It is vital that elderly and infirm people, and their families and friends, should have as much confidence as is reasonably possible that their care in hospitals or other institutions is being conducted in accordance with the highest medical and ethical standards. This is especially true when they are nearing the end of their lives. Increasing numbers are being treated according to the Liverpool Care Pathway (LCP) – national guidelines for the treatment of dying patients. But it is worrying that the confidence necessary for the LCP to function well has begun to ebb, as evidenced by a number of doctors and others who have noticed things that have disturbed them.

It is the plain duty of the Health Secretary, Jeremy Hunt, to respond to these concerns, discover whether they are soundly based, and apply whatever remedies are needed. But he has decided to do nothing of the sort. He was asked by Archbishop Peter Smith of Southwark, who is vice president of the Bishops’ Conference of England and Wales and chairman of the bishops’ Department for Christian Responsibility and Citizenship, to investigate the claims by several doctors that the LCP was becoming in practice a form of euthanasia. It was being used, they maintained, to hasten death deliberately.

Given that confidence in the LCP is essential to the peace of mind and well-being of those subject to it, as well as their loved ones, this refusal is inexplicable. Archbishop Smith did not say the allegations were well founded. He said they needed to be looked at. He is well known as a responsible commen-

tator on issues of medical ethics, as this and previous governments have found. He voices the concerns of a body of medical professionals that ought to be heeded.

The medical issues concern mainly the withdrawal of food and especially liquid when patients, in the terminal stages of their condition, no longer seem to be receiving any benefit from them. Usually they are by then heavily sedated and they are not in pain or distress of any kind. Nevertheless, watching relatives may begin to believe that they are being deliberately starved to death or encouraged to die through dehydration. This may be a misunderstanding on their part, but it could also be true. It is an obvious flaw in the LCP that such doubts can arise. Merely to say that despite these doubts the Department of Heath has confidence in it, or that many practitioners do, is not adequate reassurance. On the contrary, it is alarming.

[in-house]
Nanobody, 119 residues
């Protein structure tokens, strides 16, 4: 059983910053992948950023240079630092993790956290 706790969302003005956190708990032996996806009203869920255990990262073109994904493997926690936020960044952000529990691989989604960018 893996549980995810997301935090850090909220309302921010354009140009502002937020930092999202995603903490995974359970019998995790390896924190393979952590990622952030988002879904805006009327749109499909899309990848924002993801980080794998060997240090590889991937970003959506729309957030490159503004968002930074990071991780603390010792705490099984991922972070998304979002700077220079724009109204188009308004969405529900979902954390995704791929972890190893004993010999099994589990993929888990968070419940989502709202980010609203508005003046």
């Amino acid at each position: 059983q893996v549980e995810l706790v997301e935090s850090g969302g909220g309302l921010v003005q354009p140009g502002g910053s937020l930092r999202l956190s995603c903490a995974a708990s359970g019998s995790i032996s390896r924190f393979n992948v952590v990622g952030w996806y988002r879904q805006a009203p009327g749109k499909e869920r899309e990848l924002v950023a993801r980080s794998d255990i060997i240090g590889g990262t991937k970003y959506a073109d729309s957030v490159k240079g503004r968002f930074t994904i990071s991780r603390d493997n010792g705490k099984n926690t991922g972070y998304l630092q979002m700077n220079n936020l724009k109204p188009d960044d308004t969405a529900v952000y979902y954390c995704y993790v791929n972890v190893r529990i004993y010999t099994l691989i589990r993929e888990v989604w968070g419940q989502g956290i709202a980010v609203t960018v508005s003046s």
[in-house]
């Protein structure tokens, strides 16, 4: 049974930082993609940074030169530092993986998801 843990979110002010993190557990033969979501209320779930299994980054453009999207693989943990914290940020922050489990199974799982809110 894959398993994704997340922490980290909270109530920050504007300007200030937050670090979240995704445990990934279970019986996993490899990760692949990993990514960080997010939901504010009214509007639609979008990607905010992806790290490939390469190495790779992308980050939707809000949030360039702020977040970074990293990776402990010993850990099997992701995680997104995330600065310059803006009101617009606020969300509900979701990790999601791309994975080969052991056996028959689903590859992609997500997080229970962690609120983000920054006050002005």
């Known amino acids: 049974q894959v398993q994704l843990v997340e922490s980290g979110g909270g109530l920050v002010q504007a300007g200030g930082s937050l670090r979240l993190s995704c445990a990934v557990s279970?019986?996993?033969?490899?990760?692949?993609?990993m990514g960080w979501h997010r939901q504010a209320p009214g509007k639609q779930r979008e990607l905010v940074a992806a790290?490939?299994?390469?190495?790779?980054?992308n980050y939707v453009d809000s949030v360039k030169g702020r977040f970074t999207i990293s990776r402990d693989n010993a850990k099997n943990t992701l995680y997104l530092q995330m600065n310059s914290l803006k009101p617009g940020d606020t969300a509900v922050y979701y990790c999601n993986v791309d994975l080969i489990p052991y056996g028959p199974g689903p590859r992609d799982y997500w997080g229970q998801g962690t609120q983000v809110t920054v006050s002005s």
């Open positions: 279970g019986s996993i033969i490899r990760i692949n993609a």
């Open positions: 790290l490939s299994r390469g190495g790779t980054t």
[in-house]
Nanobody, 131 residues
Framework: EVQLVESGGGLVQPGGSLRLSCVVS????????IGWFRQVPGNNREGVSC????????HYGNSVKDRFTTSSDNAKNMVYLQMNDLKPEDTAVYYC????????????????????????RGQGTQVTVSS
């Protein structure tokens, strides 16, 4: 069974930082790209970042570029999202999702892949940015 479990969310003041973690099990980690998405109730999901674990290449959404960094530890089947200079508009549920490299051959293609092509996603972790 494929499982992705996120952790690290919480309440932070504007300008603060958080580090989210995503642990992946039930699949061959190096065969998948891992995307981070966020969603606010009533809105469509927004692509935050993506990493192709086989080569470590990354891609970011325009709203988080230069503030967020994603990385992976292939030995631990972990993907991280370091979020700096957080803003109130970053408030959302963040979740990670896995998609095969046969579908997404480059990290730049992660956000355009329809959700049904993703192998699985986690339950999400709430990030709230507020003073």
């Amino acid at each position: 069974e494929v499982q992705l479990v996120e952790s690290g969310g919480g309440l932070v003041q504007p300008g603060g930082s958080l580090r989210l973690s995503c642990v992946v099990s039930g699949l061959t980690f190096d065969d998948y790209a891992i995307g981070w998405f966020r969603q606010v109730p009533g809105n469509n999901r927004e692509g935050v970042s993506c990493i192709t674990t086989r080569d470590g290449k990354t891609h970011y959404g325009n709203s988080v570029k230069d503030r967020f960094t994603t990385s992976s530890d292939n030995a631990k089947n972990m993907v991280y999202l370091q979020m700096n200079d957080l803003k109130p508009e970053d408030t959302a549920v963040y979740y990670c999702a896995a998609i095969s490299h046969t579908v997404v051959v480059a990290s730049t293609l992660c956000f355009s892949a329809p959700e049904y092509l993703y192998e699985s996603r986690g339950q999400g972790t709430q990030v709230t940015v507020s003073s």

The issues are not as easy as they may at first seem. The withdrawal of treatment knowing that it is likely to have a certain result is not the same as intending to cause that result, a distinction that the ethical principle of “double effect” and the criminal law of homicide both recognise. But both also recognise the sanctity of life. Respect for that principle needs to be at the heart of all treatment for the dying. The Health Secretary must satisfy public opinion that this principle is still being fully applied, and that the medical care of the terminally ill has not been infected with a utilitarian spirit or dictated by considerations of cost – or even that the law is not being subtly subverted, and euthanasia is creeping in by the back door.

2 | THE TABLET | 27 October 2012